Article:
The spring of 2017 was a time of protests, rallies, and marches seemingly every weekend in the United States. At a state conference that April, Megan Sullivan Kirby and Barbara Kaminski shared similar feelings and frustrations about the opinion held by some in our behavior analytic community that participation in these democratic events by a credentialed person could be construed as reflecting badly on the profession. These individuals stated that participation in protests, rallies, and marches would or could affect client confidence/trust in professional services. So, Megan and Barb agreed to seriously follow up and consider their initial shared musing, “Why should being a BCBA limit our activism?”
Fast forward a couple of months and the conversation had broadened. Arielle Mabry was brought into the mix to initiate conversation about situations where staff need support: the RBT who feels uncomfortable working in a client home because they display symbols that the broader society labels offensive (e.g., a swastika), or the BCBA who is asked to engage with a caregiver who makes outright racist, sexist, homophobic, or other offensive statements to staff.
A few conversations commenced, to include an intense June 2017 afternoon where the shell of a website was published and the endeavor was named “Uncomfortable BCBA.” The Facebook group page launched and members trickled in. In March 2018, there were about 800 members of the group and we had discussions about a wide variety of topics that made us “uncomfortable.” Events at the annual CalABA conference that month sent the member numbers through the roof, as this was identified as a “safe” place to have respectable conversation about what happened there. The number of members continues to grow, with new member requests literally every day.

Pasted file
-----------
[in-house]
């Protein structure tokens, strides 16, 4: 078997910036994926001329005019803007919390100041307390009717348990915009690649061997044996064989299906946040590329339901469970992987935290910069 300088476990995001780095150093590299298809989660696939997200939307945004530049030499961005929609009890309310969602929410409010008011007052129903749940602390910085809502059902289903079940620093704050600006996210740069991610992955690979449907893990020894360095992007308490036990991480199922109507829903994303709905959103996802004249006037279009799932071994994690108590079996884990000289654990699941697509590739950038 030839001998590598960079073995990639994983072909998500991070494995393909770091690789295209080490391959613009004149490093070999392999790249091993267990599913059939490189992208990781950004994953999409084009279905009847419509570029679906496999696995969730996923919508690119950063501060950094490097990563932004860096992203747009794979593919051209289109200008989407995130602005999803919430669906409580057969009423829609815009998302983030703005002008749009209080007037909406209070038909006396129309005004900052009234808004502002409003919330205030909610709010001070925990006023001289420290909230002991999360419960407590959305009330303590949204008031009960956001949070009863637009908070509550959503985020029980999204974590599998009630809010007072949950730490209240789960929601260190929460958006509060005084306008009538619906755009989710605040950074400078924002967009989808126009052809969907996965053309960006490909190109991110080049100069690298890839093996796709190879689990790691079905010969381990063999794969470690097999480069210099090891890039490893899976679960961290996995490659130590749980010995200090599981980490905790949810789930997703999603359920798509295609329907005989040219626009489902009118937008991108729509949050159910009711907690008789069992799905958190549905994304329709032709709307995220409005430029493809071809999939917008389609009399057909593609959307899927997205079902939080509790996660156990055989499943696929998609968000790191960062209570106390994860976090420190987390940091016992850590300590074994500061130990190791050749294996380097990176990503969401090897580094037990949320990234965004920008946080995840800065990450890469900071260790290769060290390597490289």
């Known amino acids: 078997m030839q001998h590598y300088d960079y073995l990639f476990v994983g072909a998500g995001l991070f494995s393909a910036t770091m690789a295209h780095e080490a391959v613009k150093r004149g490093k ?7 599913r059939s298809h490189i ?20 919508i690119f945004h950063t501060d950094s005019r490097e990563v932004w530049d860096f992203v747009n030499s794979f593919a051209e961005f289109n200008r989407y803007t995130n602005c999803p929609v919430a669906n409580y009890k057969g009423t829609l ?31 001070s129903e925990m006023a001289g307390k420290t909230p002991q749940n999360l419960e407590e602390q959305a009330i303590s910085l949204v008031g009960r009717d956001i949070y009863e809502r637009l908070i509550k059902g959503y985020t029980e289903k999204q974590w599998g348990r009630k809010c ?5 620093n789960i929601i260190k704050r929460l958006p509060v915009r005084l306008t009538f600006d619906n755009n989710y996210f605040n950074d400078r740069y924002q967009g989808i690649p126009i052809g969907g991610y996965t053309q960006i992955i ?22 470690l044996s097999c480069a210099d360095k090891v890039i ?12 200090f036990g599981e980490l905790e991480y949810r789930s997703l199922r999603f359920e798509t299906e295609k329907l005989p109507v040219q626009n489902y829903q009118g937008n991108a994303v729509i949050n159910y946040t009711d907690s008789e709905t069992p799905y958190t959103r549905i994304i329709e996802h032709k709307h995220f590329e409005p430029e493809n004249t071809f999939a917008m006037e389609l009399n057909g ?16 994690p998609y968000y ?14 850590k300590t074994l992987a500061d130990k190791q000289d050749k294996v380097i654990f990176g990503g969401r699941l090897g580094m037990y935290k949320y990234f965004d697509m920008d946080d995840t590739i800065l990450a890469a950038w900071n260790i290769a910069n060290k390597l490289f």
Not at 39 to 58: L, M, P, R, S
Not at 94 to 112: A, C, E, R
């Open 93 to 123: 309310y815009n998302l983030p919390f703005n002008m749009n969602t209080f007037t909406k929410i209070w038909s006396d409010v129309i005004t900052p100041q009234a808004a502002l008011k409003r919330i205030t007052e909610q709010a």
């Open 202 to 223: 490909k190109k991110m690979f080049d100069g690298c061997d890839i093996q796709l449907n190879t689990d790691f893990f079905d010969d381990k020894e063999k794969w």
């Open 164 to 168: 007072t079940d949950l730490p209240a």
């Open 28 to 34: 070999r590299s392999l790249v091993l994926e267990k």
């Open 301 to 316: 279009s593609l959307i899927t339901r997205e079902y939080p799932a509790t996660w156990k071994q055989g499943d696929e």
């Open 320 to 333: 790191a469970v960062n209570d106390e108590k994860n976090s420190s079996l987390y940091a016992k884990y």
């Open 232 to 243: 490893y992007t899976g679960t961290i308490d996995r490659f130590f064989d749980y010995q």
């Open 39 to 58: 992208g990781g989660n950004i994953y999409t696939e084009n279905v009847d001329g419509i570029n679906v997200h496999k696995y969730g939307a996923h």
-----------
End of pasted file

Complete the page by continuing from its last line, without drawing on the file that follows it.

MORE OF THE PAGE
Uncomfortable BCBA was represented at several conferences and workshops in 2018, speaking on the need for diversity in practice and across the ranks of certificants, as well as championing the need for cultural competency training for behaviorists. Uncomfortable BCBA has bought and mailed stickers with handwritten notes to hundreds of members. The future of this platform is open-ended, but the need for diversity, compassion, and advocacy within the field and in society at large is clear given feedback from members thus far.
Uncomfortable BCBA is a platform for behavior analysts to discuss a wide variety of issues. Regardless of the day-to-day topics of commenting or the pinned blog post, the heart and soul of Uncomfortable BCBA is to encourage our fellow behavior analysts to play a role in positive societal change. That often means taking positions that others will disagree with. But positive change for our profession, our clients, and for society at large can come with a price – being uncomfortable. Thank you for being uncomfortable with us. We hope you find community and permission to advocate for social justice, human and civil rights, and a better society for us all.